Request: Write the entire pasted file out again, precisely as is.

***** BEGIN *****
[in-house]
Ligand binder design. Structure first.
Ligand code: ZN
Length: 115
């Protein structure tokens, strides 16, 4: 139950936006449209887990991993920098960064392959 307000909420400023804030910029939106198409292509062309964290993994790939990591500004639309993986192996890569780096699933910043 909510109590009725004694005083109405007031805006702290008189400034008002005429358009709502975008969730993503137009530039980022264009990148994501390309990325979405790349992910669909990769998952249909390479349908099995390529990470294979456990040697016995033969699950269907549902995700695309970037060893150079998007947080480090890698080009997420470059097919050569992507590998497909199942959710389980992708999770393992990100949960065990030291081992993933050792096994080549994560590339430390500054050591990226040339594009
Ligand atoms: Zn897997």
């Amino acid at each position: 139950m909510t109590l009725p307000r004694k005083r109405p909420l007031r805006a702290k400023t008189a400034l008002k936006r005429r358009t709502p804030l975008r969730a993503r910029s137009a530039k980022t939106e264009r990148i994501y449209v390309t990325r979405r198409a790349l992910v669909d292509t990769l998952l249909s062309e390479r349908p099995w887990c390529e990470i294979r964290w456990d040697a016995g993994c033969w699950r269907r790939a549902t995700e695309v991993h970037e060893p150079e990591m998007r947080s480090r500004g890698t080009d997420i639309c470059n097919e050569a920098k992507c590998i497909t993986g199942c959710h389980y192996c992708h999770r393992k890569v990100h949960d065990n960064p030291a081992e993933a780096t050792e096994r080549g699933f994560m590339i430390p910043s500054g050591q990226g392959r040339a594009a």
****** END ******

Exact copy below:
[in-house]
Ligand binder design. Structure first.
Ligand code: ZN
Length: 115
């Protein structure tokens, strides 16, 4: 139950936006449209887990991993920098960064392959 307000909420400023804030910029939106198409292509062309964290993994790939990591500004639309993986192996890569780096699933910043 909510109590009725004694005083109405007031805006702290008189400034008002005429358009709502975008969730993503137009530039980022264009990148994501390309990325979405790349992910669909990769998952249909390479349908099995390529990470294979456990040697016995033969699950269907549902995700695309970037060893150079998007947080480090890698080009997420470059097919050569992507590998497909199942959710389980992708999770393992990100949960065990030291081992993933050792096994080549994560590339430390500054050591990226040339594009
Ligand atoms: Zn897997």
């Amino acid at each position: 139950m909510t109590l009725p307000r004694k005083r109405p909420l007031r805006a702290k400023t008189a400034l008002k936006r005429r358009t709502p804030l975008r969730a993503r910029s137009a530039k980022t939106e264009r990148i994501y449209v390309t990325r979405r198409a790349l992910v669909d292509t990769l998952l249909s062309e390479r349908p099995w887990c390529e990470i294979r964290w456990d040697a016995g993994c033969w699950r269907r790939a549902t995700e695309v991993h970037e060893p150079e990591m998007r947080s480090r500004g890698t080009d997420i639309c470059n097919e050569a920098k992507c590998i497909t993986g199942c959710h389980y192996c992708h999770r393992k890569v990100h949960d065990n960064p030291a081992e993933a780096t050792e096994r080549g699933f994560m590339i430390p910043s500054g050591q990226g392959r040339a594009a």